MOUTH:  Link together the initial letter of MATRON, exposed or public, and the single letter for hospital 

23a   Remarkably united group of students with posh friend (9)
UNUSUALLY:  Concatenate the single letter for united, a group representing UK university students, the single letter for posh or upper-class, and a friend or supporter 

25a   Bringing up one blunder in newspaper (7)
RAISING:  The Roman one and blunder or go astray are inserted together in an informal synonym of newspaper

A newspaper blunder 

26a   Departs eastern county in Ireland, say (7)
DECLARE:  Cement together a timetable abbreviation for departs, an abbreviation for eastern, and a county in Ireland 

27a   Sheep's wandering around end of farmer's fields (7)
SPHERES:  An anagram (wandering) of SHEEP'S containing (around) the end letter of FARMER. These are rescued sea otters being provided with a stimulating environment 

28a   Problem after river's lowest (7)
DEEPEST:  A problem or annoyance comes after a river in Aberdeenshire, or Wales, or Cumbria, or Galloway, or Ireland

 

Down

1d    Trump thanks popular military leader (7)
CAPTAIN:  Assemble trump or outdo, an informal word of thanks, and popular or fashionable 

2d    Opponent supporting a king's appearance (7)
ARRIVAL:  An opponent comes after (supporting, in a down clue) both A from the clue and the Latin abbreviation for king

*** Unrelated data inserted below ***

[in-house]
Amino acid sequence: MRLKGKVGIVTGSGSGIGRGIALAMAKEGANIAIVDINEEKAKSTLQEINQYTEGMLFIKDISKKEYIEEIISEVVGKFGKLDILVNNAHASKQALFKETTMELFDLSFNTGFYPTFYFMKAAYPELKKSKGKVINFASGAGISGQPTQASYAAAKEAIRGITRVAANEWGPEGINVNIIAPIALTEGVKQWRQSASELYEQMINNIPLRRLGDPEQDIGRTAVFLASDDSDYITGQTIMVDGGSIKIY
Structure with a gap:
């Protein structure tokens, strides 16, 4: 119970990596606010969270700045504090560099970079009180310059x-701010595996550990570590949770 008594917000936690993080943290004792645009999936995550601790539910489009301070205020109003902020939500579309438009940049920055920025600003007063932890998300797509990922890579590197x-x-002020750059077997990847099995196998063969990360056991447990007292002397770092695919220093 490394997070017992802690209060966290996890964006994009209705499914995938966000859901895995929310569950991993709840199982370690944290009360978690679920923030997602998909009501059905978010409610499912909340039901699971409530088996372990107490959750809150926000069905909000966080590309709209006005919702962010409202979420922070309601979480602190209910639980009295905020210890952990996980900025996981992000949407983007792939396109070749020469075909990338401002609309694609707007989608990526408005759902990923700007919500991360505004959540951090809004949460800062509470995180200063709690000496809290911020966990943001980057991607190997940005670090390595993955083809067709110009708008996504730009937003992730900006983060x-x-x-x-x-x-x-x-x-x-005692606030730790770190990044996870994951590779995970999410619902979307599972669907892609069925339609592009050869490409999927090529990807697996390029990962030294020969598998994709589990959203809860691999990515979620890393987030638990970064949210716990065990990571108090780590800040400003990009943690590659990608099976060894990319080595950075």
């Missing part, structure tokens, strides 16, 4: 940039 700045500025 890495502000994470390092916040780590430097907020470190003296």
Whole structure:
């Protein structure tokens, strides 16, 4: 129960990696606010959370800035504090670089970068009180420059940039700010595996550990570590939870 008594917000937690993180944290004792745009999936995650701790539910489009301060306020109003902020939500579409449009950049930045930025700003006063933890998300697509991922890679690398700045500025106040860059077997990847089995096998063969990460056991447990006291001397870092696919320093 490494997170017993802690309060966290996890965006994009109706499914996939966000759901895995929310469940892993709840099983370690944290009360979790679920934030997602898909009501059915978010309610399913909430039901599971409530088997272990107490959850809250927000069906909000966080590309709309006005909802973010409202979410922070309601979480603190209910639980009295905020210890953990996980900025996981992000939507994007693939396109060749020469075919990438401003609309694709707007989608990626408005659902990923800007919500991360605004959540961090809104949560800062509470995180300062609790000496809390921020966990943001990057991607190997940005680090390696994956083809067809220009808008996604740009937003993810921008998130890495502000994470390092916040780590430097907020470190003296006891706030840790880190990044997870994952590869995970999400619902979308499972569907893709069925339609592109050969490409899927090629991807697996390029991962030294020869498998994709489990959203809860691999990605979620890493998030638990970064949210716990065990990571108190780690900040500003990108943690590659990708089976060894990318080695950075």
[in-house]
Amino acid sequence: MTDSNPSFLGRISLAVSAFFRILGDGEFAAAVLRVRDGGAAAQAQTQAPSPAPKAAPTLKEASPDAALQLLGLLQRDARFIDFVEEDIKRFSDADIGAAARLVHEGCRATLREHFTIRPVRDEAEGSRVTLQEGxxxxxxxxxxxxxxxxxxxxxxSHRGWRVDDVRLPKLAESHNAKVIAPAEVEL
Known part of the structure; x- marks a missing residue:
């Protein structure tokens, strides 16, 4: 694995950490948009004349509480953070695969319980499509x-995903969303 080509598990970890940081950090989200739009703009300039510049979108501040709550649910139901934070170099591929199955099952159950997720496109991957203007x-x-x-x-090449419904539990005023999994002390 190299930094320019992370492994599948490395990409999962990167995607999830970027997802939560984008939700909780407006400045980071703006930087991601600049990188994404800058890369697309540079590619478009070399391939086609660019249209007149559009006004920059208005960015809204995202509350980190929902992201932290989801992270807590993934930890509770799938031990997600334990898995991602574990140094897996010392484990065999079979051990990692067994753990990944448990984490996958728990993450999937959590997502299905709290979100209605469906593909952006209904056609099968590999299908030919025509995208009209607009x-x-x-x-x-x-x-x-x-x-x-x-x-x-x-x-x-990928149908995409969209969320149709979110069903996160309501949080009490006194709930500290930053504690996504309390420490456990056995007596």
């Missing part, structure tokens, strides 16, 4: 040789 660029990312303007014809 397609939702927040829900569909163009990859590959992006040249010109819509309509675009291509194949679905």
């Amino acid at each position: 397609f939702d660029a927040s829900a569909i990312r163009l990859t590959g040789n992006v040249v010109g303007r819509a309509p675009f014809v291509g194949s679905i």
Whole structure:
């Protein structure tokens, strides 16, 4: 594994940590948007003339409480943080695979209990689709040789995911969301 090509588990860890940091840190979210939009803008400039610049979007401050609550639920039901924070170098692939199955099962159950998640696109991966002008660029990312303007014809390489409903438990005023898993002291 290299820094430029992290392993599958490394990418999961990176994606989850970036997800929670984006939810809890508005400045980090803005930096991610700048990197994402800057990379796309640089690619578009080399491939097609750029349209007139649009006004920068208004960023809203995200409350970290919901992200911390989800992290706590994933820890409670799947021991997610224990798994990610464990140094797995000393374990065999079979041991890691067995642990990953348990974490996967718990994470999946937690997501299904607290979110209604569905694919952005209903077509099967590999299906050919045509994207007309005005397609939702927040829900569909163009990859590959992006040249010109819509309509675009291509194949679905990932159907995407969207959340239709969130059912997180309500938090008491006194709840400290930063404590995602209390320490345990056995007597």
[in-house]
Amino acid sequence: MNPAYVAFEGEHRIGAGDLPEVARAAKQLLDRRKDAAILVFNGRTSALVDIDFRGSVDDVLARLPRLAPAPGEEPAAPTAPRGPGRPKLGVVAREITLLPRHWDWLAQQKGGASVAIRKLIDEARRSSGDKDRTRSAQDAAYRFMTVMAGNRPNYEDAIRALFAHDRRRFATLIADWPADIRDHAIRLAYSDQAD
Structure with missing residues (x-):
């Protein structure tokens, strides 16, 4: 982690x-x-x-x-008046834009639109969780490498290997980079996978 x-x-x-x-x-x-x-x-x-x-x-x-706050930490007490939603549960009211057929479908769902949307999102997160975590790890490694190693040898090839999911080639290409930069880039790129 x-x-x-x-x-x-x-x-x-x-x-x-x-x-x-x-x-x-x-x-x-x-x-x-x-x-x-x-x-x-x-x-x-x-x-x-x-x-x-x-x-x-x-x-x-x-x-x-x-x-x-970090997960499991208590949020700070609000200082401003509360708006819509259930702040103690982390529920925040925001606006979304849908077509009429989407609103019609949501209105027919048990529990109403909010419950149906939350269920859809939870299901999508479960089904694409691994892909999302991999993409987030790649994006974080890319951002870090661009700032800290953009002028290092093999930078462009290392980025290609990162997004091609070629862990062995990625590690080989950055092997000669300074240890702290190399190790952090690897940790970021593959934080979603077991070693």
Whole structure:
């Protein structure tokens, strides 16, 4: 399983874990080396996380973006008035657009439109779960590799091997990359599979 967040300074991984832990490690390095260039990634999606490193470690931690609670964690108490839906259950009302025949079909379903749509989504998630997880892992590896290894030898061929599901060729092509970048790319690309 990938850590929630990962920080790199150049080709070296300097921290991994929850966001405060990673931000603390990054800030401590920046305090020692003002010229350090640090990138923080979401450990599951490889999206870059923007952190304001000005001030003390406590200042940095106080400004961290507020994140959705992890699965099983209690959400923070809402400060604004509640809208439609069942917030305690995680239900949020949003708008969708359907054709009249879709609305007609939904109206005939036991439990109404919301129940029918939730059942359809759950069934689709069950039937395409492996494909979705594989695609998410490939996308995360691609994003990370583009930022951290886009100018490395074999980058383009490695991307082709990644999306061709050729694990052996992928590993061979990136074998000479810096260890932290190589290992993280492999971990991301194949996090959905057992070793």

3d    Demonstrated in what manner to cut tin (5)
SHOWN:  A word meaning "in what manner" is inserted in (to cut) the chemical symbol for tin 

4d    Red tunic mom's torn (9)
COMMUNIST:  An anagram (torn) of TUNIC MOM'S 

Supergirl is not a mom, but the rest of the clue fits

5d    Doctor eats large English sweet (5)
DOLCE:  A contraction of doctor contains (eats) the clothing abbreviation for large, and that's all followed by an abbreviation for English. The definition here is musical 

6d    Masterminds in Greene's novel (9)
ENGINEERS:  An anagram (novel) of IN GREENE'S 

7d    Prize picked up -- small underwear (7)
DRAWERS:  The reversal (picked up, in a down clue) of a prize or bonus is followed by the clothing abbreviation for small 

8d    Pudding almost tipped over after daughter got up (7)
DRESSED:  All but the last letter (almost) of another word for pudding is reversed (tipped over, in a down clue) and placed after the genealogical abbreviation for daughter 

14d   A cry of disgust after new tier becomes more troublesome (9)
NAUGHTIER:  A from the clue and a cry of disgust are together placed after the abbreviation for new, and then TIER is appended 

16d   I'd spread EU manoeuvres -- no one's convinced (9)
PERSUADED:  An anagram (manoeuvres) of I'D SPREAD EU minus the Roman one (… no one) 

17d   Two thirds of soldiers in automobile as they take shots (7)
CAMERAS:  Two thirds of another word for soldiers is inserted in a synonym of automobile, and that lot's followed by AS from the clue 

Lioness thinks dropped camera is a cat toy

18d   November is hard without our support (7)
NOURISH:  The fusion of the single letter for November, IS from the clue, and the pencil abbreviation for hard containing (without) OUR 

20d   Learner calm after religious education is free (7)